The Drunkest (and Driest) Cities in America

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15. Kingsport-Bristol-Bristol, TN-VA
> Pct. adults drinking to excess: 12.7%
> Pct. driving deaths involving alcohol: 19.8%
> Est. number of bars: 10
> Median household income: $41,206

Only 11.2% of adults in Tennessee drink excessively, the smallest share of any state in the country. While excessive drinking is slightly more common in Kingsport, the 12.7% of metro area adults who drink excessively is one of the smallest shares of all major U.S. metro areas.

Binge drinking is associated with higher rates of sexually transmitted disease. In Kingsport, the rate of chlamydia diagnosis of 210 for every 100,000 people is one of the lowest of any metro area and well below the 456 diagnoses per 100,000 national rate.

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14. Huntington-Ashland, WV-KY-OH
> Pct. adults drinking to excess: 12.6%
> Pct. driving deaths involving alcohol: 26.5%
> Est. number of bars: 58
> Median household income: $42,237

Just 12.6% of adults in the Huntington-Ashland metro area drink excessively, one of the smallest shares of any city nationwide. The prevalence of binge drinking decreases with income, and the typical Huntington household earns just $42,237 a year — among the least of any U.S. city.

Young people are more likely to binge drink than their older counterparts and binge drinking is by far the most common form of excessive drinking. A low excessive drinking rate in the Huntington-Ashland metro area may be attributable to the age of the population. The median age in the metro area is 40.9 years, considerably higher than the national median age of 37.8 years.

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13. Gadsden, AL
> Pct. adults drinking to excess: 12.4%
> Pct. driving deaths involving alcohol: 31.5%
> Est. number of bars: 7
> Median household income: $43,346

Men who average more than two drinks per day and women who average more than one are considered excessive drinkers. While 18.0% of American adults nationwide drink excessively, just 12.4% of Gadsden adults have heavy or binge drinking habits. Poorer individuals are less likely to drink excessively than wealthier Americans, and the typical Gadsden household earns just $43,346 a year — approximately $11,000 less than the U.S. median income of $55,775.

Low demand for alcohol has likely resulted in a limited number of nightlife establishments in Gadsden. The Census counts just seven bars in the Gadsden metro area, equal to only 0.7 bars for every 10,000 residents, one of the smaller rations of any city when adjusted for population.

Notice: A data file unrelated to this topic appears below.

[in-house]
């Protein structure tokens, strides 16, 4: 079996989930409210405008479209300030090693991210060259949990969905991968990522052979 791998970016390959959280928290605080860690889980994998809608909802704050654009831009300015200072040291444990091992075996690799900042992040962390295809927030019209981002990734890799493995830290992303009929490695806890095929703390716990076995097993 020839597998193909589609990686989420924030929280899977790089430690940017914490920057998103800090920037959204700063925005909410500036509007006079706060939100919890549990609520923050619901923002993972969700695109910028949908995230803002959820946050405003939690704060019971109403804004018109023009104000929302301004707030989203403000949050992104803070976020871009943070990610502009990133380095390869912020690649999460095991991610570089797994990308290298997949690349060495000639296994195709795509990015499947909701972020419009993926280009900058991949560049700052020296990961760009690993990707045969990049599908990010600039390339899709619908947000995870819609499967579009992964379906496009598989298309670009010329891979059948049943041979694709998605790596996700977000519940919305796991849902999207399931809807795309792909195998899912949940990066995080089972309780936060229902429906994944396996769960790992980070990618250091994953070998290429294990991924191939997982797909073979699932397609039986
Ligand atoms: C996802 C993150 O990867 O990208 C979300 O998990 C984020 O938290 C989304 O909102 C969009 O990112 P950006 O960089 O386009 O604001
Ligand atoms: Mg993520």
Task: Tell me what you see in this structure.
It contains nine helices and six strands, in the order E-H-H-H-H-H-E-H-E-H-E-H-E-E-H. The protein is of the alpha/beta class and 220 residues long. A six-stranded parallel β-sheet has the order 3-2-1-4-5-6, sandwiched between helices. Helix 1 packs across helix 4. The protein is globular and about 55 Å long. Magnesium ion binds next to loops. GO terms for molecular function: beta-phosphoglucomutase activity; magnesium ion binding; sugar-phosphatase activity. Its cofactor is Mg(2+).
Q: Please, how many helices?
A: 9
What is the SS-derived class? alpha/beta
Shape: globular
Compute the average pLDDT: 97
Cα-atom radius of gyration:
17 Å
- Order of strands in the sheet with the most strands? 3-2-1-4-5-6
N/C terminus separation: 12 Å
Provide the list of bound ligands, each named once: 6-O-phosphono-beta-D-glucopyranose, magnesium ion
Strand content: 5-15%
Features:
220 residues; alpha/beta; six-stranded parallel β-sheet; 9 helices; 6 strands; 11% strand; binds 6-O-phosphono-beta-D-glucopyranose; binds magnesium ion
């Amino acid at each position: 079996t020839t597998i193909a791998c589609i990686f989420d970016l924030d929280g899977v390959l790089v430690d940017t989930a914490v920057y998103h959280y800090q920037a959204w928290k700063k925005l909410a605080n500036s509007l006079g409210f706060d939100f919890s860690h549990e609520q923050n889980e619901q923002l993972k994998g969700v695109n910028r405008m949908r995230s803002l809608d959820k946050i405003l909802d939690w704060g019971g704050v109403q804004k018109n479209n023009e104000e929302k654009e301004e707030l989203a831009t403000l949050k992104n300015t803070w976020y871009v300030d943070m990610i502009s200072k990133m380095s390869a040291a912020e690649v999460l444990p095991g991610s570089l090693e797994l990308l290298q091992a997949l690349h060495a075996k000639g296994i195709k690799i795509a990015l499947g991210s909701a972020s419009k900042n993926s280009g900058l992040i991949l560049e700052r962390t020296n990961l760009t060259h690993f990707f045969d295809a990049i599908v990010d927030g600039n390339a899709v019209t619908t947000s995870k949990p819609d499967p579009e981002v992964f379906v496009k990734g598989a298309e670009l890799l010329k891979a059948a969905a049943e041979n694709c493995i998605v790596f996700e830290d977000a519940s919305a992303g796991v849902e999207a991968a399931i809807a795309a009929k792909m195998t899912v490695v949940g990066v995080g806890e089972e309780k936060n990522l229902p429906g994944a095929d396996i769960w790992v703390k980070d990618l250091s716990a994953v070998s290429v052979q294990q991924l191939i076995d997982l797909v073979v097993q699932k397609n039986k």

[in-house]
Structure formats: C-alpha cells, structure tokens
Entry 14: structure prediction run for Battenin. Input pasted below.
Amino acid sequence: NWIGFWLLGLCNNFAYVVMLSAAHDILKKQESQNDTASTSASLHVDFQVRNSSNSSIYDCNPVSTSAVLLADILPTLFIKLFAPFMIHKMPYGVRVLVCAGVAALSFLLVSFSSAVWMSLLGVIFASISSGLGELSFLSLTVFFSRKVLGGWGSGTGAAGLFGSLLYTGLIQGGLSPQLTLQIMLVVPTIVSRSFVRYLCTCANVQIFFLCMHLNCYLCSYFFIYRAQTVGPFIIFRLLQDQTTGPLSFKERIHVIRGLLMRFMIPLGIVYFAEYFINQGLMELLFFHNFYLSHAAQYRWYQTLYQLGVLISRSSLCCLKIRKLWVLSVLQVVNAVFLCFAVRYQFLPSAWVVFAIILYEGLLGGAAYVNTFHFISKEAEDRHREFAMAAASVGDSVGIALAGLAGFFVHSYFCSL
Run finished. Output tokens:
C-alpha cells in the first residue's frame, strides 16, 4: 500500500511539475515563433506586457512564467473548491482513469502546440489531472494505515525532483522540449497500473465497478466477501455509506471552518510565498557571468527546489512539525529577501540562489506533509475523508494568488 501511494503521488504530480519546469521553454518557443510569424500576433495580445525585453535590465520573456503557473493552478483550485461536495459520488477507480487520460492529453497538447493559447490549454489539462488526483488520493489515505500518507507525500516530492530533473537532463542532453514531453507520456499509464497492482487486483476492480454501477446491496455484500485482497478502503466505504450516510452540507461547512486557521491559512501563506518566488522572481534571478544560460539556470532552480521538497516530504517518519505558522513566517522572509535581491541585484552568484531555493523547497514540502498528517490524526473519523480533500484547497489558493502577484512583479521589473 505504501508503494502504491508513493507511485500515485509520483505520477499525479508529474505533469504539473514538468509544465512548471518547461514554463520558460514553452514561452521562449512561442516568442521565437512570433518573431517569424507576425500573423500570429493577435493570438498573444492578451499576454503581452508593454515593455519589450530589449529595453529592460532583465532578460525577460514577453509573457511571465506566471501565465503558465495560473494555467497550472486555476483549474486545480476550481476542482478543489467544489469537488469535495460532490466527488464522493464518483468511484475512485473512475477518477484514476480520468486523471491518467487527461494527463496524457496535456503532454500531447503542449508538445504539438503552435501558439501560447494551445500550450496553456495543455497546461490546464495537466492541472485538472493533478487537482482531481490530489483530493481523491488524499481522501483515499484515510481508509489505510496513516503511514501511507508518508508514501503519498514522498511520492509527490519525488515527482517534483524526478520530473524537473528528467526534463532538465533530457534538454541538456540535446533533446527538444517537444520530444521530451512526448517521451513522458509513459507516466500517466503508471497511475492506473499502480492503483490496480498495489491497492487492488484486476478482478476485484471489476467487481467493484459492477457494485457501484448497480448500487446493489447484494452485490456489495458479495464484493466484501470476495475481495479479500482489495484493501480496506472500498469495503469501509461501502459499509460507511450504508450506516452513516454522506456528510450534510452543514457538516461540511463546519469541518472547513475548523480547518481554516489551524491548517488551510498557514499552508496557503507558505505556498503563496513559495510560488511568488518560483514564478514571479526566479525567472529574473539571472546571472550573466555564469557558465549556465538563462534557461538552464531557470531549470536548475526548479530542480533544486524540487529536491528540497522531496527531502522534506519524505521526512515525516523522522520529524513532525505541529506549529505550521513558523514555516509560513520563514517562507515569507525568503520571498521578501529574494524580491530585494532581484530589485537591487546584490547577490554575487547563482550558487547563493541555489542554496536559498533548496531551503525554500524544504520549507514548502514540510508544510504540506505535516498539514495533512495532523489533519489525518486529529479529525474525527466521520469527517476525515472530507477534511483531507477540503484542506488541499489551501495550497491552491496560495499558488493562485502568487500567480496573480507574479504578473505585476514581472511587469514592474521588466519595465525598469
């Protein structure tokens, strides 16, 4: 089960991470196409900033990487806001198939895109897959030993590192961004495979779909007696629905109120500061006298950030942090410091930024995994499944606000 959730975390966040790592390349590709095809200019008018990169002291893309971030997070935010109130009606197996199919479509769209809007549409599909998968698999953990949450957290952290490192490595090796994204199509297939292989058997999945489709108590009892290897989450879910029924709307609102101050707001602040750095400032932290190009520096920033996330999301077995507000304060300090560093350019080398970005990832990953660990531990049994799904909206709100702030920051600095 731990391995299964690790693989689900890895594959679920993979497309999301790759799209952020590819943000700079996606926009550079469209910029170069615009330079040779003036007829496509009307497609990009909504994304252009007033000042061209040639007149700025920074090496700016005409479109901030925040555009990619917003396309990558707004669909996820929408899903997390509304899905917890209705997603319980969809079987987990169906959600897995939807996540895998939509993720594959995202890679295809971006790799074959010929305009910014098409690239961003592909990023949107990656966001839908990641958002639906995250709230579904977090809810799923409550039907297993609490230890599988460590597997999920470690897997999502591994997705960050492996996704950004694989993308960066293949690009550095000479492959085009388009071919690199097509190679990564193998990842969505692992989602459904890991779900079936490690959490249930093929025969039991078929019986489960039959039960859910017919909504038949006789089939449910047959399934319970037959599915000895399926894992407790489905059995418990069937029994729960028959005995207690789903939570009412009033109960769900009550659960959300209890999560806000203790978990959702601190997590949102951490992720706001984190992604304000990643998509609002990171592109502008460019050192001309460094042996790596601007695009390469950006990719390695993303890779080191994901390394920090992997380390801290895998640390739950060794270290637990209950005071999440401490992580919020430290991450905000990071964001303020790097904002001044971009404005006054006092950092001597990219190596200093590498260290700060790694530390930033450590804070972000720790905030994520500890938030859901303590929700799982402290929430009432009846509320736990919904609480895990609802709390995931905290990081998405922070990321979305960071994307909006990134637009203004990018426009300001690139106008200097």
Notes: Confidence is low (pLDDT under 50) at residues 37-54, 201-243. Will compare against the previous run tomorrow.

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12. Knoxville, TN
> Pct. adults drinking to excess: 12.3%
> Pct. driving deaths involving alcohol: 28.9%
> Est. number of bars: 52
> Median household income: $48,382

Knoxville is one of several cities in Tennessee with a large, relatively sober population. Just 12.3% of metro area residents drink excessively, less than the 18.0% national share and among the least of any city nationwide. People living in low income households are less likely to engage in heavy or binge drinking, and the typical household in Knoxville earns just $48,382 annually — roughly $7,000 less than the national median household income.

Knoxville residents also have relatively limited access to alcohol. Sales of packaged liquor in Knoxville are not permitted on Sundays or between the hours of 11:00 p.m. and 8:00 a.m. on other days.

Source: Wikimedia Commons

11. Johnson City, TN
> Pct. adults drinking to excess: 12.3%
> Pct. driving deaths involving alcohol: 31.7%
> Est. number of bars: 7
> Median household income: $40,388

Men who average more than two drinks per day and women who average more than one are considered excessive drinkers. Just 12.3% of Johnson City adults drink excessively, one of the smaller shares nationwide. Poor individuals are less likely to engage in heavy or binge drinking, and more than one in five Johnson City residents live in poverty, a far greater share than the 14.7% national poverty rate.

The small share of heavy drinkers in Johnson City may not create enough demand for an active nightlife in the metro area. The Census counts just seven bars in Johnson City, equal to only about 0.3 for every 10,000 residents, one of the lowest rations of any metro area when adjusted for population.